Some might argue cupcakes have lost their title as New Yorker's favorite designer dessert, but mix anything with booze and we'll try it. That recipe has been the key to Prohibition Bakery's success; the LES bakery infuses their mini-cakes with alcohol, creating flavors like Margarita, Sangria and Car Bomb. They're celebrating their one year anniversary next week and created a very special cupcake to mark the occasion.

Named for noted boozehound Ernest Hemingway's 1932 novel, the Death in the Afternoon cupcake packs a potent punch of champagne and absinthe. The bakery describes the confection as a "champagne cake with champagne filling, absinthe frosting, and a champagne cube on top with a touch a lemon." The bakery kindly set us up with the new cupcake, plus a variety pack of their bestsellers. Our staff had mixed reviews:

  • "I feel like either cutting my ear off, writing a poem about the underbelly of Paris, or shooting my pal Art Rimbaud in the wrist. So depraved, decadent and delicious." — Josh Steele
  • "I liked the beer and pretzel one but that one had Nutella so it's cheating. That said, Nutella could not have saved the champagne and absinthe cupcake, which tasted like medicine." — Jen Carlson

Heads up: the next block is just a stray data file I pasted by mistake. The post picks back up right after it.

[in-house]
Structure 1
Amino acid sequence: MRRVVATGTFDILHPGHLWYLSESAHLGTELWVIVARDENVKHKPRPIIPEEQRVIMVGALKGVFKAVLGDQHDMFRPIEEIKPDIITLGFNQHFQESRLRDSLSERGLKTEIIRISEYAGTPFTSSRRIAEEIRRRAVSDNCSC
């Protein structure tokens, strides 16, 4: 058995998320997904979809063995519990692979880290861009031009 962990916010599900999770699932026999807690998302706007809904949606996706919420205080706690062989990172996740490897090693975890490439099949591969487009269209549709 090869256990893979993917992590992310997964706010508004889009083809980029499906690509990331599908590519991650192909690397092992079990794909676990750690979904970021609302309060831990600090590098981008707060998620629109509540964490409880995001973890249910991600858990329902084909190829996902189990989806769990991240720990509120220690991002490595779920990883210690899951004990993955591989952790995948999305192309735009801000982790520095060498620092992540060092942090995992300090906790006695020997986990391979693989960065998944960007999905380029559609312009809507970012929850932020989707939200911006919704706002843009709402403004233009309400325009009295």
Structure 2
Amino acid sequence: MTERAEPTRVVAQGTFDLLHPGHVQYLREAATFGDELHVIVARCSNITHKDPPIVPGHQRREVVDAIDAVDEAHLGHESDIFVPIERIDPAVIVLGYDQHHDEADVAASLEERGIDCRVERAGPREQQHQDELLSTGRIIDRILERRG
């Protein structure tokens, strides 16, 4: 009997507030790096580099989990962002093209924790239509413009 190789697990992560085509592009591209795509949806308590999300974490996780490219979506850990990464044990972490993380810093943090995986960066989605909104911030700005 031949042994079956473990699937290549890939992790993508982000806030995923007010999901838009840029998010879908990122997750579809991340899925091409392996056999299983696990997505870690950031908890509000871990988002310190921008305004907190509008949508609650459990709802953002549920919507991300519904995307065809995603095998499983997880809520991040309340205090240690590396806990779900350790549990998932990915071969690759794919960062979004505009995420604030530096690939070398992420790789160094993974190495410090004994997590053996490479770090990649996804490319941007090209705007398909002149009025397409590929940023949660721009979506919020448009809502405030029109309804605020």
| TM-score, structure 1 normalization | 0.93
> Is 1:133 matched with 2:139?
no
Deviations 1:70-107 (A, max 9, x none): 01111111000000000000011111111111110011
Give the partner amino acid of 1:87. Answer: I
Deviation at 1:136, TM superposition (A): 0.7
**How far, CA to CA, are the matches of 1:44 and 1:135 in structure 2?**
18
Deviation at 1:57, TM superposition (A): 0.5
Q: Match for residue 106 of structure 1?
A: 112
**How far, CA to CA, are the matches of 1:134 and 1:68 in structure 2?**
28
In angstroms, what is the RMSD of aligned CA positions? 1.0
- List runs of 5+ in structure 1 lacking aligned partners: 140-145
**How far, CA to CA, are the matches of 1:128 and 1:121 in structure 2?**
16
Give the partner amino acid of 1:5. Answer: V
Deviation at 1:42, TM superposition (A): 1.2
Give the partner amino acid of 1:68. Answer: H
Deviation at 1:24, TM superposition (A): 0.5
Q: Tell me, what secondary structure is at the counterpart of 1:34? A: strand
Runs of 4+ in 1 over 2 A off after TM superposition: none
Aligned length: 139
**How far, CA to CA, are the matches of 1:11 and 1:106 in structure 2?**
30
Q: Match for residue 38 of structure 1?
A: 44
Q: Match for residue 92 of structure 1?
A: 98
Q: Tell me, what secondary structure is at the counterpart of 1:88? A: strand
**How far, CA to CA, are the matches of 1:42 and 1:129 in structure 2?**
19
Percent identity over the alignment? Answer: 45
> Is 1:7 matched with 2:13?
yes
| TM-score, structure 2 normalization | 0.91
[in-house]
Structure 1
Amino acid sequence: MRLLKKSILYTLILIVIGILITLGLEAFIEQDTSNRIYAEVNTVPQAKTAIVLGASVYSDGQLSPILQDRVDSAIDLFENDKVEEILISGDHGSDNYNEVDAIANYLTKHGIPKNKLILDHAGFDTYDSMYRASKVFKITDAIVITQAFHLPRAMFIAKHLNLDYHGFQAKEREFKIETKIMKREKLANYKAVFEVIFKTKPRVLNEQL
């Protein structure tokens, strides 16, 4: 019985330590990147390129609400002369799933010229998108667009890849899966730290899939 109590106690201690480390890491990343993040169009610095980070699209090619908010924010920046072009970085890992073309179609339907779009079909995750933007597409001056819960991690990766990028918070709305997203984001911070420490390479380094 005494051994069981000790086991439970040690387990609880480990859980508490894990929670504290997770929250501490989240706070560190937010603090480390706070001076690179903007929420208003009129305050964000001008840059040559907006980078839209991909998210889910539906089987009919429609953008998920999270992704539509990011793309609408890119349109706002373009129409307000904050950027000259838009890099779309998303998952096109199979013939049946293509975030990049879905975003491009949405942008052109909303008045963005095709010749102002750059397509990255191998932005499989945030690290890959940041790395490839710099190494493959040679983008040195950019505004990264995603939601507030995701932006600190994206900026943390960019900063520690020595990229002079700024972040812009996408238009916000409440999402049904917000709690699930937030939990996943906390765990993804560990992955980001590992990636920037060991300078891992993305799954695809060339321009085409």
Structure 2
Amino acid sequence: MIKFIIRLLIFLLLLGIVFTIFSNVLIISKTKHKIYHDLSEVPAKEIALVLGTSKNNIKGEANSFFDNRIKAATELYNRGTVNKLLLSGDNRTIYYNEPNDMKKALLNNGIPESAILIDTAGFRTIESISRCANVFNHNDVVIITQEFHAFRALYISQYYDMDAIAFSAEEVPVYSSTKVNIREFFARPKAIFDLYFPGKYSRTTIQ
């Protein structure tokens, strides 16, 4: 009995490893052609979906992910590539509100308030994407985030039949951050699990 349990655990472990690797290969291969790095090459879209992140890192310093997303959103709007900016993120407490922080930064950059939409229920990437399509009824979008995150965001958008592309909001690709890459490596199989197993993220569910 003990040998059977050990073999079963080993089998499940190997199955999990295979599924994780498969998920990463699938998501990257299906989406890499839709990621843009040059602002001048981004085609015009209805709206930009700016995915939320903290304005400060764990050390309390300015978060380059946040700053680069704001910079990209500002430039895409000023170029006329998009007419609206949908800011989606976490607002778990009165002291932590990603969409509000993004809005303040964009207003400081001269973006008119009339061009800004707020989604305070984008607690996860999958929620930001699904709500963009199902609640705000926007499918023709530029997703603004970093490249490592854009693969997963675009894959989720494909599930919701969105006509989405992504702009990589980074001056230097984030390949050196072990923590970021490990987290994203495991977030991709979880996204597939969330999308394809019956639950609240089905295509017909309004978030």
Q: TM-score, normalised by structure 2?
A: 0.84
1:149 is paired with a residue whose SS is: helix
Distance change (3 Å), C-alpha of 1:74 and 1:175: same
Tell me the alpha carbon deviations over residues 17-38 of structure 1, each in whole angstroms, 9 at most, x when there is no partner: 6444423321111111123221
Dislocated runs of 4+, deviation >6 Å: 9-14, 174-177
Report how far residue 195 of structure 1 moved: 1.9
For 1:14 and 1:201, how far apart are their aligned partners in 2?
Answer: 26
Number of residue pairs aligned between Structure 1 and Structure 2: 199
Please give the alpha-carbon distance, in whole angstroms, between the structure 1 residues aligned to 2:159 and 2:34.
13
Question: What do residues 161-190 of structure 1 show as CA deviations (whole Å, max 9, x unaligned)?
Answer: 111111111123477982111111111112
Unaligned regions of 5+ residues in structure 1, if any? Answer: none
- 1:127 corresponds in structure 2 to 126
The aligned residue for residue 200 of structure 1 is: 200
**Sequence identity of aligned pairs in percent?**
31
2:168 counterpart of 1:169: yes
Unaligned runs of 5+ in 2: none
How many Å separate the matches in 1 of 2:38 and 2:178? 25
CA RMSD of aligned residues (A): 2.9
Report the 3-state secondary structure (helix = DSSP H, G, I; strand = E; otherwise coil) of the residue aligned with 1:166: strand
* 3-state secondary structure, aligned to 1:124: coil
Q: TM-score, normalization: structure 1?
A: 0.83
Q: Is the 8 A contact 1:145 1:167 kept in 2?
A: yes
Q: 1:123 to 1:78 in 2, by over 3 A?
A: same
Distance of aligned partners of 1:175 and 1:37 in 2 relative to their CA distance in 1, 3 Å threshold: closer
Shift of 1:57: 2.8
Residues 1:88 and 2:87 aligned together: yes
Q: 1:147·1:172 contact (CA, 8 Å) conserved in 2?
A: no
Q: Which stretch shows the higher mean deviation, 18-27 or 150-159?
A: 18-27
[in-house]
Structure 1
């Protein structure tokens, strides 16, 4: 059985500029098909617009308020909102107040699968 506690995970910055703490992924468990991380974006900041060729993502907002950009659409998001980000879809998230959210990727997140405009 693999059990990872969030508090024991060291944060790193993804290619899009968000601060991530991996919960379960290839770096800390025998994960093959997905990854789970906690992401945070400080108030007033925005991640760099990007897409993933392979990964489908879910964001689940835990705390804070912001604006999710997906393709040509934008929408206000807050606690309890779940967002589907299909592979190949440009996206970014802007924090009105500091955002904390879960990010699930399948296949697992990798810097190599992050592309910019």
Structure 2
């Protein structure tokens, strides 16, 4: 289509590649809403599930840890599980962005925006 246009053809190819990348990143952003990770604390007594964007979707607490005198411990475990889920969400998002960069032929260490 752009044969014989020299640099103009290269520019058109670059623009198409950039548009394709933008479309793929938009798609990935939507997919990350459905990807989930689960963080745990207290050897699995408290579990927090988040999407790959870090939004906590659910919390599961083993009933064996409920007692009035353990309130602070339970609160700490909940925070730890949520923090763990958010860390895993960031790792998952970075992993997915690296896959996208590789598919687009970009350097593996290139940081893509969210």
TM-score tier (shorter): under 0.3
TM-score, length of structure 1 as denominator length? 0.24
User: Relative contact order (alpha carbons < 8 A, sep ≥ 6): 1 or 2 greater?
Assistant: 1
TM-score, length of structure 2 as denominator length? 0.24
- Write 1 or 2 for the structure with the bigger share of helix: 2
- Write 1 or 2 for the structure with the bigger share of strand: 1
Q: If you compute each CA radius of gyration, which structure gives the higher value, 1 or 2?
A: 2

• "The margarita cupcake reminded me of a margarita, or at least margarita flavored bubble gum." — Jen Chung
  • "I really liked the chocolate one (car bomb). Did not like Death in the Afternoon. If you pounded a dozen or so of these, you would likely get a slight alcohol buzz, which might be more than slightly overwhelmed by your guilt over having eaten a dozen or so sugary confectionaries at once." — Ben Yakas

If you're interested in experiencing your brain on boozy cupcakes, the bakery will be making the Death in the Afternoon all of next week, plus you can get some of their other alcoholic cakes as well. They'll set you back $2 each (they are miniature, keep in mind—eaten in one or two bites), 3 for $5, or a dozen for $20; not Prohibition-era pricing, sadly, but it's cheaper than a bottle of absinthe!